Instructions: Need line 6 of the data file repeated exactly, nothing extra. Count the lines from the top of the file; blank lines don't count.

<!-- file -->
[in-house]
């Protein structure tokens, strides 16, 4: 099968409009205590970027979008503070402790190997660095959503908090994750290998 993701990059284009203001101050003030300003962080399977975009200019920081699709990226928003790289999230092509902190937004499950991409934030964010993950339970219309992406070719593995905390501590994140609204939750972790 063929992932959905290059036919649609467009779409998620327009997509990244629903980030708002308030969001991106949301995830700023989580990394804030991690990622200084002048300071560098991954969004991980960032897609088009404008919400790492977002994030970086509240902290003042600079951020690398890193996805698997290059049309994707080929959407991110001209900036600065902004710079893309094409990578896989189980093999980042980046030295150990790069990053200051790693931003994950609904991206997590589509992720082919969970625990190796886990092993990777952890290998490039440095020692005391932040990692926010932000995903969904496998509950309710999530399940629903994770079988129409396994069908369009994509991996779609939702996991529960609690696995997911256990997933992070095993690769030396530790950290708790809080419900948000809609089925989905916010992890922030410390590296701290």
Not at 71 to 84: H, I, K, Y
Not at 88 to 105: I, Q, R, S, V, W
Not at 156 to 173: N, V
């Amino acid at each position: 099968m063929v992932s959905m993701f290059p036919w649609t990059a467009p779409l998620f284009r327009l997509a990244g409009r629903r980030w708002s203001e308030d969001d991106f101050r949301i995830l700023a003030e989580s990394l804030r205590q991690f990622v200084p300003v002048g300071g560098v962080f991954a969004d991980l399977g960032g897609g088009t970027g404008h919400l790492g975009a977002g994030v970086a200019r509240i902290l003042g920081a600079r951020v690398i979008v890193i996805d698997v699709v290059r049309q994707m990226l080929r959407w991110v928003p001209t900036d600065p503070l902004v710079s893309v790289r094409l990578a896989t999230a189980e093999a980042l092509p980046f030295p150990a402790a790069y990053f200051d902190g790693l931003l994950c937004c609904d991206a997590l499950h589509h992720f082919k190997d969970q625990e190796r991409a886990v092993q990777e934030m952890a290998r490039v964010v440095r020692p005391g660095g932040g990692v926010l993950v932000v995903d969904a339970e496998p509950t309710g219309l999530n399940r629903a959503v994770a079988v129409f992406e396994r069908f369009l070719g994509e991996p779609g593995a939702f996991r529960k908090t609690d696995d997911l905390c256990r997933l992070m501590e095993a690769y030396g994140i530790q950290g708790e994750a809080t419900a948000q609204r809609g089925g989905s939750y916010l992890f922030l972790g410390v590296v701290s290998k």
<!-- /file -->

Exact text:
């Amino acid at each position: 099968m063929v992932s959905m993701f290059p036919w649609t990059a467009p779409l998620f284009r327009l997509a990244g409009r629903r980030w708002s203001e308030d969001d991106f101050r949301i995830l700023a003030e989580s990394l804030r205590q991690f990622v200084p300003v002048g300071g560098v962080f991954a969004d991980l399977g960032g897609g088009t970027g404008h919400l790492g975009a977002g994030v970086a200019r509240i902290l003042g920081a600079r951020v690398i979008v890193i996805d698997v699709v290059r049309q994707m990226l080929r959407w991110v928003p001209t900036d600065p503070l902004v710079s893309v790289r094409l990578a896989t999230a189980e093999a980042l092509p980046f030295p150990a402790a790069y990053f200051d902190g790693l931003l994950c937004c609904d991206a997590l499950h589509h992720f082919k190997d969970q625990e190796r991409a886990v092993q990777e934030m952890a290998r490039v964010v440095r020692p005391g660095g932040g990692v926010l993950v932000v995903d969904a339970e496998p509950t309710g219309l999530n399940r629903a959503v994770a079988v129409f992406e396994r069908f369009l070719g994509e991996p779609g593995a939702f996991r529960k908090t609690d696995d997911l905390c256990r997933l992070m501590e095993a690769y030396g994140i530790q950290g708790e994750a809080t419900a948000q609204r809609g089925g989905s939750y916010l992890f922030l972790g410390v590296v701290s290998k």